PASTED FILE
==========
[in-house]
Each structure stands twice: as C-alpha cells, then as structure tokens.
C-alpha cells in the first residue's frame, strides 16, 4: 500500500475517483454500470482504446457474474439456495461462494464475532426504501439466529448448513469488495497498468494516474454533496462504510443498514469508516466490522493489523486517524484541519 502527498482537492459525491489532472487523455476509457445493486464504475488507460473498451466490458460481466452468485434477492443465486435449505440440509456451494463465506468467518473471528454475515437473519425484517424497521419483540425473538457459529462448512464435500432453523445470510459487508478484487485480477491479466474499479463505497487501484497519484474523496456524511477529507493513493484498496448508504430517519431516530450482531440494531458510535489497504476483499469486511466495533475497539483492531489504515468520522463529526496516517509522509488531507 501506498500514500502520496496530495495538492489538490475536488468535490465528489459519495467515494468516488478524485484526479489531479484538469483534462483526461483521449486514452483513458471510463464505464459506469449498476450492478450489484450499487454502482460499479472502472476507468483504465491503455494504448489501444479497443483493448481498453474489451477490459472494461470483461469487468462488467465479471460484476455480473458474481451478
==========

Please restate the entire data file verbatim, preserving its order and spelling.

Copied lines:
[in-house]
Each structure stands twice: as C-alpha cells, then as structure tokens.
C-alpha cells in the first residue's frame, strides 16, 4: 500500500475517483454500470482504446457474474439456495461462494464475532426504501439466529448448513469488495497498468494516474454533496462504510443498514469508516466490522493489523486517524484541519 502527498482537492459525491489532472487523455476509457445493486464504475488507460473498451466490458460481466452468485434477492443465486435449505440440509456451494463465506468467518473471528454475515437473519425484517424497521419483540425473538457459529462448512464435500432453523445470510459487508478484487485480477491479466474499479463505497487501484497519484474523496456524511477529507493513493484498496448508504430517519431516530450482531440494531458510535489497504476483499469486511466495533475497539483492531489504515468520522463529526496516517509522509488531507 501506498500514500502520496496530495495538492489538490475536488468535490465528489459519495467515494468516488478524485484526479489531479484538469483534462483526461483521449486514452483513458471510463464505464459506469449498476450492478450489484450499487454502482460499479472502472476507468483504465491503455494504448489501444479497443483493448481498453474489451477490459472494461470483461469487468462488467465479471460484476455480473458474481451478